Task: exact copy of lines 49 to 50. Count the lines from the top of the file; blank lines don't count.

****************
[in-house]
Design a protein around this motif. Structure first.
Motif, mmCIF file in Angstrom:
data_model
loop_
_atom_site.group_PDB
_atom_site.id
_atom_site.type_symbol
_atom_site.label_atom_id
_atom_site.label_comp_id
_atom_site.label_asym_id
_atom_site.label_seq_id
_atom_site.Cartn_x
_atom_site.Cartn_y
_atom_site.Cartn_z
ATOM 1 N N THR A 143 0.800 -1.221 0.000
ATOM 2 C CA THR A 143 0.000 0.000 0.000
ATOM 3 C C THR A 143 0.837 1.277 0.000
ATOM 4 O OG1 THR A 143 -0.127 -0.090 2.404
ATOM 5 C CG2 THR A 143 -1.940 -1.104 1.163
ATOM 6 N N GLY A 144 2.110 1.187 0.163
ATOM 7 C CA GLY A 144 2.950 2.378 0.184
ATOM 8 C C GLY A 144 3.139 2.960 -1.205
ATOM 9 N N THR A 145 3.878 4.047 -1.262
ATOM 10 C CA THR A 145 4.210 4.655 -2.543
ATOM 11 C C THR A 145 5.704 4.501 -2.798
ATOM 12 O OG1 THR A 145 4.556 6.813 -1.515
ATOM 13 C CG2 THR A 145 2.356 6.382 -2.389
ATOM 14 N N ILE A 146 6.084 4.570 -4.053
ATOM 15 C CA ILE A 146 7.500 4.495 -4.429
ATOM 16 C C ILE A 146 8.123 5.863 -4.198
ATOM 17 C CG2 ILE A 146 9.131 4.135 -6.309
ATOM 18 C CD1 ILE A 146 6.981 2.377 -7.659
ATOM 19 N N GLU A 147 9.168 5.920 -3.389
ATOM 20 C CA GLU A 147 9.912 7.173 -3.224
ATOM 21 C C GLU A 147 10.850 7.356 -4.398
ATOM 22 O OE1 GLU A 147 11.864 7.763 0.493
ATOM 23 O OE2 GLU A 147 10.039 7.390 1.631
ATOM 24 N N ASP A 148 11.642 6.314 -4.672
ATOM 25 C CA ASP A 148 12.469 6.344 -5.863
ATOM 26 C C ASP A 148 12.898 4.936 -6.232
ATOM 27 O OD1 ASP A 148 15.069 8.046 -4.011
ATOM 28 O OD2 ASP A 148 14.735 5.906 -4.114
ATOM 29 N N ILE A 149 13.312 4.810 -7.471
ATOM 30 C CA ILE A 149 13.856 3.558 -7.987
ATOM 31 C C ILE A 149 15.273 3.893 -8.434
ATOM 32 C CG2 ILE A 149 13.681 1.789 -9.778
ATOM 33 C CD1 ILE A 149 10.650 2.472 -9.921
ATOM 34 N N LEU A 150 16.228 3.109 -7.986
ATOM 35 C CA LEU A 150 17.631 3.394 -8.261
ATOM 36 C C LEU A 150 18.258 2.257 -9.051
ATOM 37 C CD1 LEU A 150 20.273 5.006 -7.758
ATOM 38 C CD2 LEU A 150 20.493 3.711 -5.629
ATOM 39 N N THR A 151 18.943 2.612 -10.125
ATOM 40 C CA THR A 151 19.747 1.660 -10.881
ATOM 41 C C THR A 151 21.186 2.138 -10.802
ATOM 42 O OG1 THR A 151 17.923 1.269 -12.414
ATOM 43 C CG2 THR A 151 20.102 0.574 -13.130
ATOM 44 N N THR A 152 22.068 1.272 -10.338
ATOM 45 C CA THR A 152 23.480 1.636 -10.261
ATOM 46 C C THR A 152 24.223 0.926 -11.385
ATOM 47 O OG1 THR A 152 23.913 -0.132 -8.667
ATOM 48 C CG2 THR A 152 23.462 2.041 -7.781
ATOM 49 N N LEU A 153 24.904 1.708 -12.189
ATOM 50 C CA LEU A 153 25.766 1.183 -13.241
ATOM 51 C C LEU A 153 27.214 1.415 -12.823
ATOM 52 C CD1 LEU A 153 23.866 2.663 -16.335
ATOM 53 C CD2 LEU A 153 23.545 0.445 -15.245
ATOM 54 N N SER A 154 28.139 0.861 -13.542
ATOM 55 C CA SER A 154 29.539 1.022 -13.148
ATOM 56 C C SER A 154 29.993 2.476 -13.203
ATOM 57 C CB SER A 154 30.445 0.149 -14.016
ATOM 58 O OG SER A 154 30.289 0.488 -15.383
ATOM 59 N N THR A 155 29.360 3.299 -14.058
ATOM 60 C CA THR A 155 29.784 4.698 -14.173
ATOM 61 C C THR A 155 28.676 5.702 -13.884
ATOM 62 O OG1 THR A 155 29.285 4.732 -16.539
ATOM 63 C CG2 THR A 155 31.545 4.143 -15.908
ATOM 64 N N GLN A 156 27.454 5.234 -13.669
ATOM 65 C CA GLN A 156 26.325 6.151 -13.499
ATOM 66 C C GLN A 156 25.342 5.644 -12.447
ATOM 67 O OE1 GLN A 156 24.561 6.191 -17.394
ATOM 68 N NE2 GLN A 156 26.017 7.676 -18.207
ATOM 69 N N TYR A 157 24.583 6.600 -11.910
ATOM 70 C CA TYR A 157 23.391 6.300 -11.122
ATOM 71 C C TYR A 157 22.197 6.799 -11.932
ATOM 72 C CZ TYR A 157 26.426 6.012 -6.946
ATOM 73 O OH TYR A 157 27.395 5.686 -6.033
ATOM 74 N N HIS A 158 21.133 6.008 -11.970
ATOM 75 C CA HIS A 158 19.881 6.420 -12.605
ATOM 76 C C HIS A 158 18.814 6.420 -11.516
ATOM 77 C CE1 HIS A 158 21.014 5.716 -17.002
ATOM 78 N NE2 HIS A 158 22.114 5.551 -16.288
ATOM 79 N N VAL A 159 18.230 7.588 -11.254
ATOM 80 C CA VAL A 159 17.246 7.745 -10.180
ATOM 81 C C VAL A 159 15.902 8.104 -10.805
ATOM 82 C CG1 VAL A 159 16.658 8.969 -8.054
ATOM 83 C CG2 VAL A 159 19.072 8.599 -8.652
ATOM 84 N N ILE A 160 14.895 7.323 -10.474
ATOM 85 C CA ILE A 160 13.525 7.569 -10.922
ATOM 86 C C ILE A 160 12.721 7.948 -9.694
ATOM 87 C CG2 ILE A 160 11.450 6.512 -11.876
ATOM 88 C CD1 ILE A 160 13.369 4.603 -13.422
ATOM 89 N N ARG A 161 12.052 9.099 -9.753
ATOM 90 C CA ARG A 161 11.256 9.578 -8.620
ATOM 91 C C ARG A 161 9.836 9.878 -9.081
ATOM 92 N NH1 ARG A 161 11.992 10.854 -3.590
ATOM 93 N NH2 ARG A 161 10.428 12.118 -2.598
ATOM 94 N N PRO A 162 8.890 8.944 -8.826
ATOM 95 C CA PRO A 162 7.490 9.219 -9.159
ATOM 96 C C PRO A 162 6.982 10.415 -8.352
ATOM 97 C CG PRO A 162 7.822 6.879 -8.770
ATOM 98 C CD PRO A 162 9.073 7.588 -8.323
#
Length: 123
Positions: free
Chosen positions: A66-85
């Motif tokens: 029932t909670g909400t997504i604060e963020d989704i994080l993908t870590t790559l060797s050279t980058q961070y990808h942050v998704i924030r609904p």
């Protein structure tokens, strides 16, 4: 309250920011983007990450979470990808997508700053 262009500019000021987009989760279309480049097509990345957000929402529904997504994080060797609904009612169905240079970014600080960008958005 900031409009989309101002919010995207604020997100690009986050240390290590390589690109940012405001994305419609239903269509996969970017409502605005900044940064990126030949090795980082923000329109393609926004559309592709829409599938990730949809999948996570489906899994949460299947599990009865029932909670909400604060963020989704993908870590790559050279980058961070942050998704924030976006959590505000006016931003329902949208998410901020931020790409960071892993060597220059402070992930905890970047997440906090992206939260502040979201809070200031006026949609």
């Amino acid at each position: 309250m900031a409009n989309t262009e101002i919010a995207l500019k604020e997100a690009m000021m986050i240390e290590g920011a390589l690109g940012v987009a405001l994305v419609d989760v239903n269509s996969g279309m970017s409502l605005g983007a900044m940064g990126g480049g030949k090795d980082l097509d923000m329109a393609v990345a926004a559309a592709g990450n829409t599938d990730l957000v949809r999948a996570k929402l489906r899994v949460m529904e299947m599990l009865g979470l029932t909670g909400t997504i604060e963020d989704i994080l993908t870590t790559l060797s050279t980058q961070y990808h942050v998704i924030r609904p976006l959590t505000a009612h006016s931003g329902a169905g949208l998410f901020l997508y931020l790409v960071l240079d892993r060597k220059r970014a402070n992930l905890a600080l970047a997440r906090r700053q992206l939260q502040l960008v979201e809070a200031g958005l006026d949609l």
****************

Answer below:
ATOM 34 N N LEU A 150 16.228 3.109 -7.986
ATOM 35 C CA LEU A 150 17.631 3.394 -8.261